I spoke to Glen Gilmore, who is an internationally-recognized digital marketing strategist. He is also a practicing attorney and teaches Digital Marketing, Crisis Communications and Social Media Law at Rutgers University Center for Management Development. Glen was ranked two years in a row near the top of the Forbes’ list of “Top 50 Social Media Power Influencers.” In the following brief interview, he talks about his tips for running a startup, what founders should pay attention to, managing a team, and more.
Dan Schawbel: What are some of your tips for running a startup company from an operational standpoint?
Glen Gilmore: As a startup begins to take off, founders need to pay close attention to the energy and efficiency of their team. To bring the enterprise to scale, they need to invest in filling in gaps in expertise and shifting resources to customer service.
1. Energy. The energy of your team is critical to the ongoing success of your startup and the founders need to make sure that the energy and enthusiasm of the team remain high. This often simply requires taking moments to recognize team members for their sacrifices and talent in the face of uncertain outcomes and often low pay.
2. Efficiency. Efficiency is about keeping an eye on roles and goals within the enterprise. If everyone is doing everything, you’ll waste of lot of time and effort. Assigning specific responsibilities and benchmarking tasks will help track your team’s efficiency and help it to know when to pivot to keep efficiencies improving.
3. Expertise. Success will reveal gaps within your startup. Constantly ask if you have the expertise you need to have to reach the next performance plateau. For example, if you find that customers are complaining about the process of placing orders online, it may be time for you to find new talent that understands that process better than anyone on your existing team. Being realistic about the expertise of your team and talent acquisition will drive success.
4. Customer Service. Too often, startups pour heart and soul into launching a product or service, then, don’t give it a chance to succeed by neglecting to put the same effort into customer service. Stellar customer service will get your startup through rocky roads with your community.
From launch to scale, keep figuring out what inspires your customers, what discourages them, and tend to both. This means inviting your community to comment and listen and respond when they do.
Schawbel: What should founders pay attention to and what mistakes do they usually make?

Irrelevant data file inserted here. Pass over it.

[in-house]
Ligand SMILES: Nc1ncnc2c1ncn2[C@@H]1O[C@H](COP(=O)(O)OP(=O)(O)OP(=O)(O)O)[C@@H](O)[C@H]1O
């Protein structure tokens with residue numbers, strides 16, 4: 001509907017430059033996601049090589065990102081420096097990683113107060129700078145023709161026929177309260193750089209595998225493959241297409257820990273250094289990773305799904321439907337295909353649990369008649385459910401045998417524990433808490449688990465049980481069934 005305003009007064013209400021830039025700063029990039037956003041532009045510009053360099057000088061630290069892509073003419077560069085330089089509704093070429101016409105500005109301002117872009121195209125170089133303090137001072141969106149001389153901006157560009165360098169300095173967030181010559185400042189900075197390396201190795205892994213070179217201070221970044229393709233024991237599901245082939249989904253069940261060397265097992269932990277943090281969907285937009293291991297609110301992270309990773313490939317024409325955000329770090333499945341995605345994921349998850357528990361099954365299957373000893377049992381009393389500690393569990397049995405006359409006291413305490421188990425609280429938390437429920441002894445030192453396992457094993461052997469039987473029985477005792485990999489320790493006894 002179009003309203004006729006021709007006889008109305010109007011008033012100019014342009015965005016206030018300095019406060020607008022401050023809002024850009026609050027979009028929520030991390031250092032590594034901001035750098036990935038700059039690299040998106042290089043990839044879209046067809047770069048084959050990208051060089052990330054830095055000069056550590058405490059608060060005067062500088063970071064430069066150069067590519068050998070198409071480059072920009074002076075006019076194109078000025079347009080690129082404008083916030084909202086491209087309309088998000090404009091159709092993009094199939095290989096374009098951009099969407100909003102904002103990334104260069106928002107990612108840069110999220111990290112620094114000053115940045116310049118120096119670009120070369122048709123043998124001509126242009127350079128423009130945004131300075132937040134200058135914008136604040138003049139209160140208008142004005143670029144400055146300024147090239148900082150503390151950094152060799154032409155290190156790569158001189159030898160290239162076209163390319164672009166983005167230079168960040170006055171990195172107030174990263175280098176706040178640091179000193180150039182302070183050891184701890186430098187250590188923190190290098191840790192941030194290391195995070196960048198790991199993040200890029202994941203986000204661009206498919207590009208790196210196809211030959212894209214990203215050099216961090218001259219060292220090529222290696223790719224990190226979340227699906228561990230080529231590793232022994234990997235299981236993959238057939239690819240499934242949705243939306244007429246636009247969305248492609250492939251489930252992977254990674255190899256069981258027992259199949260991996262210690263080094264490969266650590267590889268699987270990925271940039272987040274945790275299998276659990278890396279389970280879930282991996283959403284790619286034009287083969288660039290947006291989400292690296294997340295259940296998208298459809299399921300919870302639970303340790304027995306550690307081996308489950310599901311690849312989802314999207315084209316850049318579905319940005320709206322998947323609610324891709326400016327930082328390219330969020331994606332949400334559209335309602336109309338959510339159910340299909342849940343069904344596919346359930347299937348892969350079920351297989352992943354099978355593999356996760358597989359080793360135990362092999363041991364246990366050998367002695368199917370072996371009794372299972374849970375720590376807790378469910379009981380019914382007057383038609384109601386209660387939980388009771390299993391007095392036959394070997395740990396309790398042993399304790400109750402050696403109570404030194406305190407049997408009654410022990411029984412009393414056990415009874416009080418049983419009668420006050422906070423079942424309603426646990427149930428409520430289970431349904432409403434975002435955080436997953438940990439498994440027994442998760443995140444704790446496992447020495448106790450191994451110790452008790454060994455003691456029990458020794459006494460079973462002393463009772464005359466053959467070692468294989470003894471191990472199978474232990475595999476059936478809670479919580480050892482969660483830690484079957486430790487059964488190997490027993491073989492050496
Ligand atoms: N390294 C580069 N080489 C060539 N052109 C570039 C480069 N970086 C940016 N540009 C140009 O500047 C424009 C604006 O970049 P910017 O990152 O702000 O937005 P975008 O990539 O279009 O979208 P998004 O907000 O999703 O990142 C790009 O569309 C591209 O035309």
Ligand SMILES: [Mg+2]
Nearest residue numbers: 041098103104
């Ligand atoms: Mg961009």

Gilmore: The only way to start riding a bike is by riding a bike. Too many founders are afraid of speed and of falling, so they never get to ride the bike.
Sticking with the biking analogy, knowing that you’re going to have falls is something every founder has got to come to grips with and be prepared to move beyond. Falling off a bike doesn’t mean you can’t learn how to ride a bike, it just means you haven’t gotten the swing of it.
For novice bike riders, falling on their bike usually means they weren’t moving forward fast enough or that they didn’t listen to the advice of those with a bit more experience in successful bike riding — or that they just gave into their doubts.
Founders need to understand the importance of moving forward, actually heed some of the advice that they are given, and know that falling off a bike a few times is generally a perquisite to a lifetime of bicycling joys.
Schawbel: What is the importance of social media when trying to build a brand and how do employees be part of that?
Gilmore: Building a community is really the secret to building a successful business, whatever the business might be. It’s all about relationship building.
Social media is where the conversation is happening and it’s where startups need to be. By listening in social media, startups will learn better what drives their community. They’ll learn in real-time what people don’t like about the product or service. They’ll also be able to join the conversation to promote brand awareness, address customer issues, and inspire brand advocates. No ad lets you build relations like a conversation in social media does.
Employees, especially in a startup, should be encouraged and empowered to be brand advocates. This means giving employees some guidance on how they can best promote the startup in a transparent way and some training in techniques that leverage the uniqueness of the various social platforms.
Employees know the startup better than anyone else and if they are trained and trusted to be brand ambassadors, they are likely to do a spectacular job of it. Enterprises like IBM and Mayo Clinic have even created their own in-house training programs to help their employees tap into social media. There’s every incentive for a startup that may not be able to afford a marketing firm to tap into a resource that is likely eager to help.
Schawbel: What are some ways to manage a team while trying to scale a business?
Gilmore: Trust your employees to know how best they work, while also bench-marking how each is contributing to the startup’s success.
Management should be about empowering. Keep asking what your team needs to succeed to get over the next hurdle and how to optimize their individual talents.
Giving and inviting feedback is crucial to bringing the startup to scale.
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